3. Making an impact in supply chain: The green BI team should be able to not only identify the green metrics to be generated but also emphasize injecting the green element into every data point in the whole supply chain. Most of the activities tagged as “performance tuning” in data warehouses and the BI world are in fact about improving the quality and decreasing the cost and time.The bottom line should be not only to reduce the carbon footprint but also to avoid unnecessary investments so as to improve the overall cost-effectiveness. Data quality will become one of the most promising areas of expertise in the near future in information management. The waste of time, energy and resources a large enterprise spends fixing data quality issues like source system problems, if properly captured and measured, can help the budget approvers allocate resources in the most productive manner. In the retail industry, incorporating green into the supply chain could mean anything from reducing packaging to redesigning a distribution route.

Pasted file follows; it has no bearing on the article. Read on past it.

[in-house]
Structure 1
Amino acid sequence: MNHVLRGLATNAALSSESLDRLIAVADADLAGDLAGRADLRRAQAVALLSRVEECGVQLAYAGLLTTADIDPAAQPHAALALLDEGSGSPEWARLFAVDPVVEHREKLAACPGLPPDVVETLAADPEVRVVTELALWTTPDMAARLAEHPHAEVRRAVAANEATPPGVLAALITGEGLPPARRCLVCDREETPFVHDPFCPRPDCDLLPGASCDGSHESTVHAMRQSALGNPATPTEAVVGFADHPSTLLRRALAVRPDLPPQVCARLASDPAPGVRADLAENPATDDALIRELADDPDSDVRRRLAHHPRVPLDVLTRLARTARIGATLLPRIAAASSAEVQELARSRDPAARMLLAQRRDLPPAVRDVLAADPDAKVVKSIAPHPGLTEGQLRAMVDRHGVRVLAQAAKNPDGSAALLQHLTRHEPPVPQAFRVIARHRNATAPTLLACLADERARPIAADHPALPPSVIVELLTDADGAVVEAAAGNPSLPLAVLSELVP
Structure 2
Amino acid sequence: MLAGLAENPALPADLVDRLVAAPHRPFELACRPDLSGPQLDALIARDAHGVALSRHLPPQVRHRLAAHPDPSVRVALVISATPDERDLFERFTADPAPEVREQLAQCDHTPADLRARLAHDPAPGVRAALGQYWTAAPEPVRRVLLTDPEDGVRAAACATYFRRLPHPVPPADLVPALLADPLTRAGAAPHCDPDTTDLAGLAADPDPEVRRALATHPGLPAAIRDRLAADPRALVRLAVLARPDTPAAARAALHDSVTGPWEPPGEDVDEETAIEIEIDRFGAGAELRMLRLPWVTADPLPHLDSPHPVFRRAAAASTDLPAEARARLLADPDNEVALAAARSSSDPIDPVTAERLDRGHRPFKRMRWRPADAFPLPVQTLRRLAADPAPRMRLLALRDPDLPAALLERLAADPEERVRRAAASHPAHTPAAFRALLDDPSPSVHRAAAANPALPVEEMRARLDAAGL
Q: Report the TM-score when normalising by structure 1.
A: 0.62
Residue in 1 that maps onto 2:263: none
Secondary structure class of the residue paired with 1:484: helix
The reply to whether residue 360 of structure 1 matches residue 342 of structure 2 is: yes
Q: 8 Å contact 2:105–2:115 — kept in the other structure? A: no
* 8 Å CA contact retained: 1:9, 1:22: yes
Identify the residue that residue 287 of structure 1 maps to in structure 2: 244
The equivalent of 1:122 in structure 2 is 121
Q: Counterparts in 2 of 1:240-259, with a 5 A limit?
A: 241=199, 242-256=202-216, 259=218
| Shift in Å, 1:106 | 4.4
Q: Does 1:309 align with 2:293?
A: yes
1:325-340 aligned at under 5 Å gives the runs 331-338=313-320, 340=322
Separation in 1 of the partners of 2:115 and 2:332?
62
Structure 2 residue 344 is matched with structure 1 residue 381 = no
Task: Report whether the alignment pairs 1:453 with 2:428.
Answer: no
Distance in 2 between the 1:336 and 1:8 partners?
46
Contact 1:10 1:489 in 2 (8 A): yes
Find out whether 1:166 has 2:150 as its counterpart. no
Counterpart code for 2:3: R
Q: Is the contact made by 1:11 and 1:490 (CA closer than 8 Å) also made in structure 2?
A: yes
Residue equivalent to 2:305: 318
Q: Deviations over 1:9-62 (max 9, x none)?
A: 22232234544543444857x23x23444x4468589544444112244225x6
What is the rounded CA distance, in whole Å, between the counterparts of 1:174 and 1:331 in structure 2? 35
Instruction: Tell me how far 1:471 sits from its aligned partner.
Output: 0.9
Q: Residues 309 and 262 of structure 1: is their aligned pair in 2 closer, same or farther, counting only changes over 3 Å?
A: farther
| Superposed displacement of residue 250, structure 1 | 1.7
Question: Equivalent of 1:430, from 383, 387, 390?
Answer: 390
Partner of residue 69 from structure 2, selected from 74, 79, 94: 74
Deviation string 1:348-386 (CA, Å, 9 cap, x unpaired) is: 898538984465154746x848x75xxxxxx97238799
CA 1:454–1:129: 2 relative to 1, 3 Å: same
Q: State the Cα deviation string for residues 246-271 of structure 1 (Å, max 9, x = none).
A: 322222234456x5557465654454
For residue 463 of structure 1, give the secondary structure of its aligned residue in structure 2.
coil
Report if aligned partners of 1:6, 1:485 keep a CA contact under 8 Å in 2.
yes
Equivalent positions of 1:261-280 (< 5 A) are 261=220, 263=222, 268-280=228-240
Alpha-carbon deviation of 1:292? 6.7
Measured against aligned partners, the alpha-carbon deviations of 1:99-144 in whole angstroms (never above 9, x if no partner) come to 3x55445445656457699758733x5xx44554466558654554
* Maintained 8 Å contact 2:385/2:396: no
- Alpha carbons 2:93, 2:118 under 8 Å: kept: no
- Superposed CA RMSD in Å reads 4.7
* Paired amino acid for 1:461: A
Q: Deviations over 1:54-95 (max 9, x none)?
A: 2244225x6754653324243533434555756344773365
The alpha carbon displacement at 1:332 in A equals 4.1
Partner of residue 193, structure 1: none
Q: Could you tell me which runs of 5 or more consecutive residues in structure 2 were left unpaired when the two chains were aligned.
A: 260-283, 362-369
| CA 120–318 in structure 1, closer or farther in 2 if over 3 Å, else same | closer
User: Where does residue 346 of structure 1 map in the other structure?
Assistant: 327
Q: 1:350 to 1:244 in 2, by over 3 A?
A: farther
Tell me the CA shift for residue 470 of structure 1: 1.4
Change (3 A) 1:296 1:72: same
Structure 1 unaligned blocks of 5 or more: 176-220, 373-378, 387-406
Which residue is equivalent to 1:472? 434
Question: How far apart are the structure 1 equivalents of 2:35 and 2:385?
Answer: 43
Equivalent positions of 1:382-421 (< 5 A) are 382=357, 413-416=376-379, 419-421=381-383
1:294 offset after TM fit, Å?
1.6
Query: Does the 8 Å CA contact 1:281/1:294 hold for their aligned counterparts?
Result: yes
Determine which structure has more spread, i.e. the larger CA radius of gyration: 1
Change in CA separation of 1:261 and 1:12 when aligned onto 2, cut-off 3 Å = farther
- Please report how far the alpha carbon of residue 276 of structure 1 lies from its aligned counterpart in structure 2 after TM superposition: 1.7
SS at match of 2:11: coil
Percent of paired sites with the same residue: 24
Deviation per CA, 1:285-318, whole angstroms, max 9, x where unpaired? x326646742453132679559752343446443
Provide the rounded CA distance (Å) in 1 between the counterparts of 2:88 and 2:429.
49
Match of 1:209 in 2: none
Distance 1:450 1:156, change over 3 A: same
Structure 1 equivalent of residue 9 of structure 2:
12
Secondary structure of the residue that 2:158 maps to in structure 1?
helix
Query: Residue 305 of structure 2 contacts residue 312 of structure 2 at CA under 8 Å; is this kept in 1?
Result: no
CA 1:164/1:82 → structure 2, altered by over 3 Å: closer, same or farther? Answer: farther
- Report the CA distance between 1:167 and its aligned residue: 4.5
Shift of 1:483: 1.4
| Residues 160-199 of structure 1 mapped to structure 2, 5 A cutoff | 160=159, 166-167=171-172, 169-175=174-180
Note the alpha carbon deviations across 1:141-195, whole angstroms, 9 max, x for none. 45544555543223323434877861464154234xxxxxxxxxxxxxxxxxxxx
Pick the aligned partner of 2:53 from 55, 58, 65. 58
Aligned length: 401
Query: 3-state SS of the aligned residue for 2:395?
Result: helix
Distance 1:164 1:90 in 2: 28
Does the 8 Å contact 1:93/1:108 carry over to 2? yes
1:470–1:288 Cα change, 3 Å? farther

4. Green branding becomes competitive advantage: By having a green brand, companies, will not only save money on operating cost but will also have a competitive advantage over others. This is true with both vendors and customers. Customers love to buy products and services that are environmentally-friendly. There are already applications and appliances developed by BI leaders that help companies to go green with ease. For example, look at the BI appliance Netezza Performance Server. Their design and strategy of redefining energy efficiency in processing complex queries with cost-effective query performance for analytic applications in a business intelligence environment has demonstrated good results. Servers with power, cooling and carbon footprint advantages are going to capture the future market of information management.